“We know, Lorne. We should move here.” My niece’s husband made the comment as we were driving from one place to another on Saturday.
There is nothing quite like showing guests around the Creston Valley and East Shore to serve as a reminder of why we live here.
Our guests—my sister and brother-in-law, their daughter and son-in-law—arrived on Friday from Calgary, and we had a busy itinerary planned. It started out with an afternoon visit on the deck to catch up on our summer’s activities, and then we headed down to Casey’s Community House for dinner. We all enjoyed our meals and drinks as I pointed out the many features that make the building so beautiful. “Superb,” was my sister’s comment about her steak. “Couldn’t be better,’ her husband said.
After breakfast on Saturday morning we set out on a more ambitious schedule, with the Cross Country Seeing art gallery tour and Yasodhara Ashram playing key roles. First stops after a wander through the amazing Creston Valley Farmers’ Market were to the home studios of fabric artist Anne Fetterly and Andrea Revoy, both in Erickson. These two artists are among my very favourite people in the valley, and we had delightful visits.
Then we headed up to Highway 3A to spend most of the day. An hour’s drive took us to Crawford Bay, where we had planned to have lunch at the Black Salt Café, always one of our favourites. No one was disappointed, and the mounds of shoestring potatoes were outstanding. We then wandered around to the neighboring shops—Dog Patch Pottery, Nordic Arts, Kootenay Forge, Barefoot Handweaving and, always a favourite—North Woven Broom, where it was amazing to see every young person in the shop begging their parents for a broom.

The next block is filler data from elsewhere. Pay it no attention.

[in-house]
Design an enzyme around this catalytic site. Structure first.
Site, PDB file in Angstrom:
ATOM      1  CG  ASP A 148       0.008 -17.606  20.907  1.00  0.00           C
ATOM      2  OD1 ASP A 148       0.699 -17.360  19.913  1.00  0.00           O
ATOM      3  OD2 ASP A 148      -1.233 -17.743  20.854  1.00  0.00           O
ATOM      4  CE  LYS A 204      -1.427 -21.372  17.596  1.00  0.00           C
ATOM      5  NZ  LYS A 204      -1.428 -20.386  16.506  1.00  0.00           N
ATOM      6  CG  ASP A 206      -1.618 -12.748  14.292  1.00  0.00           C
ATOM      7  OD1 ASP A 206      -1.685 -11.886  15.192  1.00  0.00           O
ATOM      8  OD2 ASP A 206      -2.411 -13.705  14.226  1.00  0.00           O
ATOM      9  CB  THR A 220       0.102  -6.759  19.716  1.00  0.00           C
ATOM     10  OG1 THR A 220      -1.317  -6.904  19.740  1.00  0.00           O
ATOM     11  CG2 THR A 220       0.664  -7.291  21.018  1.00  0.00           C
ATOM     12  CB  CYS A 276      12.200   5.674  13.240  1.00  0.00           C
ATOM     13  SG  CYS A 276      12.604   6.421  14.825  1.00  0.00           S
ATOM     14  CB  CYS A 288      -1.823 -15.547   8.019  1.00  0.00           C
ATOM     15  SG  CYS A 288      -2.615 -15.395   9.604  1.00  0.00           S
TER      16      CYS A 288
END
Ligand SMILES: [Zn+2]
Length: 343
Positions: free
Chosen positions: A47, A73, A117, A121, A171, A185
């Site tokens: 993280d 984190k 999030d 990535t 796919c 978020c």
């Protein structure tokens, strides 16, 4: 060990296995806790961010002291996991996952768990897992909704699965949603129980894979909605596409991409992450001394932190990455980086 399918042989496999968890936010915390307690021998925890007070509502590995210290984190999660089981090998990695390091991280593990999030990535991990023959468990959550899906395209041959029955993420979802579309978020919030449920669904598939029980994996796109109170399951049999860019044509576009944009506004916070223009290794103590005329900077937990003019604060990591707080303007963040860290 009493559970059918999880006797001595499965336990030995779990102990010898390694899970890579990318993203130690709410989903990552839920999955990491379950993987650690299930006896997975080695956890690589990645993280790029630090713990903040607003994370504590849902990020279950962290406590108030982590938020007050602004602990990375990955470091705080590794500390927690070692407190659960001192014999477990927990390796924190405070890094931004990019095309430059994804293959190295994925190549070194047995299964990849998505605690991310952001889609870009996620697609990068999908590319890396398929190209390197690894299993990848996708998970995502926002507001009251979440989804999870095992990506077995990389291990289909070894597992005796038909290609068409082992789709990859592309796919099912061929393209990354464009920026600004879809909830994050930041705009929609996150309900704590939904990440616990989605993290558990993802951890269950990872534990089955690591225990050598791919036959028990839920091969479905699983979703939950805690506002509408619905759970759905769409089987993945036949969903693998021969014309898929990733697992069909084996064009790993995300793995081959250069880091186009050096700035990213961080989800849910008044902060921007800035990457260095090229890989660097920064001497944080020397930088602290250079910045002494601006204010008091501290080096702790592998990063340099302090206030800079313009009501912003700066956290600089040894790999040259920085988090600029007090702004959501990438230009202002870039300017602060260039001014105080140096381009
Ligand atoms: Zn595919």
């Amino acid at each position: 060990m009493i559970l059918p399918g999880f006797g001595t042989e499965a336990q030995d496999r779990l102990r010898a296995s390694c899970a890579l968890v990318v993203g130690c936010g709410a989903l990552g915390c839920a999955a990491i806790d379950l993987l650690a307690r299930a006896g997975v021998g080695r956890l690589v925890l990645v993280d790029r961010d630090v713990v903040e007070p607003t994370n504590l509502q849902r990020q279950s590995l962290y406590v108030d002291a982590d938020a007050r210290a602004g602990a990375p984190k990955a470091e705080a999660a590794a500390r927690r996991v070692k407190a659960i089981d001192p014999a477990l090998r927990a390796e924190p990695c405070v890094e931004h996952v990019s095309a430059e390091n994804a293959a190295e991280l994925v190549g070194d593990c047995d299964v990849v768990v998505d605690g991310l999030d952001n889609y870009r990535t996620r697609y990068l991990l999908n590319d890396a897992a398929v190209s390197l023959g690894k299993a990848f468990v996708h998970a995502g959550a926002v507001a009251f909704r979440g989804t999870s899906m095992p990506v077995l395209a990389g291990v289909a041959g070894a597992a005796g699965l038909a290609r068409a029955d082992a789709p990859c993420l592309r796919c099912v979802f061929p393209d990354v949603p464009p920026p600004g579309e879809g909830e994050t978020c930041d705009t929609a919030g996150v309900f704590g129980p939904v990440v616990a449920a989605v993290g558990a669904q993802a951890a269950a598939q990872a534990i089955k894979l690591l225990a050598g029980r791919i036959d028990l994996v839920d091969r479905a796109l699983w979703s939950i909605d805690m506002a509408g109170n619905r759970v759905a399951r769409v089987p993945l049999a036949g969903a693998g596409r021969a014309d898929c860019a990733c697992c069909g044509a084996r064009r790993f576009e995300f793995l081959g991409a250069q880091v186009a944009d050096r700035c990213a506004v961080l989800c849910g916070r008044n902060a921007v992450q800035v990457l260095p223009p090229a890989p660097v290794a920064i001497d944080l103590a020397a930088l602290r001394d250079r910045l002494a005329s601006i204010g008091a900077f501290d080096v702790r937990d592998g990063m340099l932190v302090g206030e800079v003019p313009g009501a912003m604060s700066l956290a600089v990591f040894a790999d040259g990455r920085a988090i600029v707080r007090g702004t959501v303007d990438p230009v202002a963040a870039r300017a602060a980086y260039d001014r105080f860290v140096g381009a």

We signed in at the Ashram, then wondered around the grounds before making our way for the big reveal of the Temple of Light, where we sat in contemplation while a woman sang and played a chant on her euphonium, setting a perfect tone. Our guests were fascinated that supporters from around the world contribute in many ways to the operation of the Ashram.
As we drove back to Creston we made a stop at Wynnwood Estate Winery for a tasting and some purchases. Eventually back home, we tucked into the lasagna dinner I had prepared in advance.
On Sunday, after a leisurely breakfast, we headed out again. The first destination was a return visit to Anne Fetterly’s, where my sister purchased a shawl that she hadn’t been able to stop thinking about. Her daughter ordered a gorgeous blouse. Then we drove to West Creston for a visit to Carole Schloss’s home, where my brother-in-law, who paints as a hobby, was astonished by the oil pastels that Schloss, who organized the Art Seeing Tour with Karen Arrowsmith, produces. We also enjoyed the fabric creations of Ann Miller.
Kunze Gallery and the grain elevators are always a highlight, and we had a visit left a lasting impression on all.
Lunch? Where better than a spot on the patio at Baillie-Grohmann Estate Winery, where we enjoyed a huge charcuterie plate with our wine under shade from the hot sun. We followed that up with a visit to Skimmerhorn Winery next door, and regretted that we would not have time for a lunch on the deck on this visit.
As we sat at Baillie-Grohmann, our son, Evan, had texted that he had arrived at our house with his family, along with his mother-in-law and a niece. They were heading down for a swim at the Community Complex, which is always the first priority for our grandchildren.
Soon the 12 of us were back on our deck enjoying a brisket I had prepared, along with local vegetables and some of our wine purchases. Afterward, we still had enough energy to visit Millennium Park, where a blues band was entertaining. My family members had not visited the park before, and were suitably impressed.
Monday morning was the usual post-breakfast chaos of organizing and packing, with my family readying for the return to Calgary and Evan’s group continuing west for stays in Oliver and Naramata.
It was a pretty much perfect long weekend.